Caucusing for your Top UCC Candidate

Whether you run a small company or a global juggernaut with offices scattered far and wide, unified communications and collaboration (UCC) delivers a toolkit to productivity your teams need. If you make purchasing decisions for UCC platforms, you may feel beset from all sides. Employees want the latest and greatest tech with every feature under the sun, as long as it's easy to use. Customers want the same thing, but tailored to their individual needs. And executives would like you to not break your budget doing it. That's a lot of constituencies to keep happy. 

You also don't get to make decisions in a vacuum. Many are made by committee, with members of each of the aforementioned groups often having a say. IT buyers not only need to align the people on these committees, they also need to be the cognizant of their end user needs. IT leaders face challenges when getting everyone aligned using the same comms and collaboration tools. Let's look at some ways to get these constituencies aligned.

Establish a Feedback Loop

It's obvious that no two users' needs are exactly the same, but there are often commonalities and trends to identify. Too often, users are not treated as stakeholders in the decision making process for buying software, but they should be, especially when it comes to UCC software that will be implemented company-wide. Knowing workers' needs up front will avoid the costly disaster of funds being spent on software that isn't used.

Get Buy-In

While not all decisions in business should be made by committee, in the case of purchasing UCC software, making the decision using a purchasing committee has advantages. A committee encourages input from all affected groups. So, much like a political operative in the field, you can get the grass-roots feelings from your constituents on the software you're considering so the best decision can be made for all affected groups. Buy-in from all parties also avoids the extremes of a purchasing decision that meets the needs of one group at the expense of another.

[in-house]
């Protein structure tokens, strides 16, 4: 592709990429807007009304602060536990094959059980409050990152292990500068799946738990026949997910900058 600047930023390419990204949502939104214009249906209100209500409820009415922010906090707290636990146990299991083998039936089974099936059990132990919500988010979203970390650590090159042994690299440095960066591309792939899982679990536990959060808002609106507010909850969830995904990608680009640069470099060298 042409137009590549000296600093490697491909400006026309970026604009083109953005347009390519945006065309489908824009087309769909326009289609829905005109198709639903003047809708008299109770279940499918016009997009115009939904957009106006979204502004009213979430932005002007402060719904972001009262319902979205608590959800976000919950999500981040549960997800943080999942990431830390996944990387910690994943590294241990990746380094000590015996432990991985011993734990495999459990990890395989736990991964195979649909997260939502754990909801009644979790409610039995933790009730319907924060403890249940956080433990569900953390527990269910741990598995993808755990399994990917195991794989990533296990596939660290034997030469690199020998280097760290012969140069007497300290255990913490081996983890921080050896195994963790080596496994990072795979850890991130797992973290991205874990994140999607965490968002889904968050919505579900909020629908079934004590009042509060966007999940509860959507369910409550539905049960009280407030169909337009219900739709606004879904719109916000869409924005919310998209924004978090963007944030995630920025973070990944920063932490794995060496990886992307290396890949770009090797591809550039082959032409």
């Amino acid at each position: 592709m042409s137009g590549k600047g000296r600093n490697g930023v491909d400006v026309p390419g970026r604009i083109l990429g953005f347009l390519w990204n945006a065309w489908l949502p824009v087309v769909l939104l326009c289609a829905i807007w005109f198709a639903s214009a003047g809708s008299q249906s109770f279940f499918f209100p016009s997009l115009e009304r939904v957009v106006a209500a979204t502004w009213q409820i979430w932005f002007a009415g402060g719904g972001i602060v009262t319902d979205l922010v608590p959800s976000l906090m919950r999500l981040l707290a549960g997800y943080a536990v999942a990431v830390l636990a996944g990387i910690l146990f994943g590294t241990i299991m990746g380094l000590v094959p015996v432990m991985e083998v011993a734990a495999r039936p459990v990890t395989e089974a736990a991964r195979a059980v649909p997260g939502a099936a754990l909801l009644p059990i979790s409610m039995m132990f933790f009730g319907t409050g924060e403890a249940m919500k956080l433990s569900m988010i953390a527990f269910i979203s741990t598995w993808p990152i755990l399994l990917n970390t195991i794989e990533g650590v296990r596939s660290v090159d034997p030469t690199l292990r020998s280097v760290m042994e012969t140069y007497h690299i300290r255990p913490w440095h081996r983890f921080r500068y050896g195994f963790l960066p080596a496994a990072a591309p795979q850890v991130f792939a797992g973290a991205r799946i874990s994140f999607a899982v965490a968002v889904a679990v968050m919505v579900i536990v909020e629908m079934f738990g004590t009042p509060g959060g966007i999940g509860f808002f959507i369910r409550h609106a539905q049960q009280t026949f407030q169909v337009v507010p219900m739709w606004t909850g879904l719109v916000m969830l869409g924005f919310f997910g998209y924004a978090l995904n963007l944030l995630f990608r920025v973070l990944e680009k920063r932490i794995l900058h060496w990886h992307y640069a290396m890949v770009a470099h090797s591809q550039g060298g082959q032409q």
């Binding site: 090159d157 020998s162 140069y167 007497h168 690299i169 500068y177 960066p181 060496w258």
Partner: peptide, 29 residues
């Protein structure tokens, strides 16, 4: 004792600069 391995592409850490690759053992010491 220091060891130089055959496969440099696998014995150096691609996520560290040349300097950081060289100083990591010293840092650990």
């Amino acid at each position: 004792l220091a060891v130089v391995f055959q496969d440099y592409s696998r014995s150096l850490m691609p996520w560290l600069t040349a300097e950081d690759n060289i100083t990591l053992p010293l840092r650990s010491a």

Encourage Correct Usage

So you've purchased the software. You've got your candidate in office, and now it's time for it to serve the constituents you successfully campaigned to. The usability of the software and correct usage of the software by people it's being deployed to serve is very important at this stage of the game. Make sure team members are properly trained so they use the software efficiently across the organization. Correct usage of the software should also reduce the load on whatever tool was being (mis)used prior to your new UCC software's implementation… your email server for example.

Run Performance Check-Ins

Asking users about how the software is performing for them is critical. Think of this as the software's “job approval rating.” You want to make sure that the software you caucused so hard for is delivering on what it promised. If it's performing as advertised, fantastic. You get to watch the benefits come to fruition. If it isn't, finding out your users' pain points and getting them corrected will not only reinforce users' confidence in the software, but also in your ability to make their lives easier and more productive.

The Measure of Success

To measure success, do what a political operative would do… conduct a poll. Sure you could run reporting numbers, but surveying the landscape where your UCC software was deployed and soliciting feedback from the folks it's designed to serve is a great way to determine if your solution is meeting their needs. If you have put the necessary time and effort into the purchasing process, you can have greater confidence in the positiveness of that feedback.